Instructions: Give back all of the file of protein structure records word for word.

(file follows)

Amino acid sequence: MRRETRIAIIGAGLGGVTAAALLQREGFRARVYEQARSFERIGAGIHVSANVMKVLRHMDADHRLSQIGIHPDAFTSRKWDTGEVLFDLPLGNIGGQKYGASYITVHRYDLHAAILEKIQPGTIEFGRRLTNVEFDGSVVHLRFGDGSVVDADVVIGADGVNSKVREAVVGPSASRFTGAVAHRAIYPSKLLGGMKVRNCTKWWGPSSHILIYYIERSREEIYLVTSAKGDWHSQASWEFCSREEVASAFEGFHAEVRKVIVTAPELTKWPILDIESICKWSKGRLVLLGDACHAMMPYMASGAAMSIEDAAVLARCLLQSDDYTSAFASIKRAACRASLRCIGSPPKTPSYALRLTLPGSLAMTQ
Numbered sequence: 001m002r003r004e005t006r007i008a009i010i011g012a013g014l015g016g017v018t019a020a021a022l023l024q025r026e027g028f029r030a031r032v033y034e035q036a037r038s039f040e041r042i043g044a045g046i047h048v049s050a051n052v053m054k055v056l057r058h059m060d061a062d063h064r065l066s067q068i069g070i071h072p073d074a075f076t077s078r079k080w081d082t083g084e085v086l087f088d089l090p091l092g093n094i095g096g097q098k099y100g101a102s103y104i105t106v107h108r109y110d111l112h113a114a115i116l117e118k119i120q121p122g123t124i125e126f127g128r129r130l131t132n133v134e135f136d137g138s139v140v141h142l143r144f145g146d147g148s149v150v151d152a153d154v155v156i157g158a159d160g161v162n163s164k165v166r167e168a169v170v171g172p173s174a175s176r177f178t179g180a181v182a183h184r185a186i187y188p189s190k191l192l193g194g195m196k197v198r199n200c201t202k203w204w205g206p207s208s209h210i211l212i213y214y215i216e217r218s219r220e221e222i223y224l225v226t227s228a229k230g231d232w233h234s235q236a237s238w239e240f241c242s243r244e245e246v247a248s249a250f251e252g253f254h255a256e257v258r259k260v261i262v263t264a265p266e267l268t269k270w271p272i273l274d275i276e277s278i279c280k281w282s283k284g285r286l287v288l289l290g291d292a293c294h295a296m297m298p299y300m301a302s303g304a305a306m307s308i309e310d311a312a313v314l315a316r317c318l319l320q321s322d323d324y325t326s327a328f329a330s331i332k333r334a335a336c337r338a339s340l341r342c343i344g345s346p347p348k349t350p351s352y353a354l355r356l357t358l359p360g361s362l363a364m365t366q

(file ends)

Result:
Amino acid sequence: MRRETRIAIIGAGLGGVTAAALLQREGFRARVYEQARSFERIGAGIHVSANVMKVLRHMDADHRLSQIGIHPDAFTSRKWDTGEVLFDLPLGNIGGQKYGASYITVHRYDLHAAILEKIQPGTIEFGRRLTNVEFDGSVVHLRFGDGSVVDADVVIGADGVNSKVREAVVGPSASRFTGAVAHRAIYPSKLLGGMKVRNCTKWWGPSSHILIYYIERSREEIYLVTSAKGDWHSQASWEFCSREEVASAFEGFHAEVRKVIVTAPELTKWPILDIESICKWSKGRLVLLGDACHAMMPYMASGAAMSIEDAAVLARCLLQSDDYTSAFASIKRAACRASLRCIGSPPKTPSYALRLTLPGSLAMTQ
Numbered sequence: 001m002r003r004e005t006r007i008a009i010i011g012a013g014l015g016g017v018t019a020a021a022l023l024q025r026e027g028f029r030a031r032v033y034e035q036a037r038s039f040e041r042i043g044a045g046i047h048v049s050a051n052v053m054k055v056l057r058h059m060d061a062d063h064r065l066s067q068i069g070i071h072p073d074a075f076t077s078r079k080w081d082t083g084e085v086l087f088d089l090p091l092g093n094i095g096g097q098k099y100g101a102s103y104i105t106v107h108r109y110d111l112h113a114a115i116l117e118k119i120q121p122g123t124i125e126f127g128r129r130l131t132n133v134e135f136d137g138s139v140v141h142l143r144f145g146d147g148s149v150v151d152a153d154v155v156i157g158a159d160g161v162n163s164k165v166r167e168a169v170v171g172p173s174a175s176r177f178t179g180a181v182a183h184r185a186i187y188p189s190k191l192l193g194g195m196k197v198r199n200c201t202k203w204w205g206p207s208s209h210i211l212i213y214y215i216e217r218s219r220e221e222i223y224l225v226t227s228a229k230g231d232w233h234s235q236a237s238w239e240f241c242s243r244e245e246v247a248s249a250f251e252g253f254h255a256e257v258r259k260v261i262v263t264a265p266e267l268t269k270w271p272i273l274d275i276e277s278i279c280k281w282s283k284g285r286l287v288l289l290g291d292a293c294h295a296m297m298p299y300m301a302s303g304a305a306m307s308i309e310d311a312a313v314l315a316r317c318l319l320q321s322d323d324y325t326s327a328f329a330s331i332k333r334a335a336c337r338a339s340l341r342c343i344g345s346p347p348k349t350p351s352y353a354l355r356l357t358l359p360g361s362l363a364m365t366q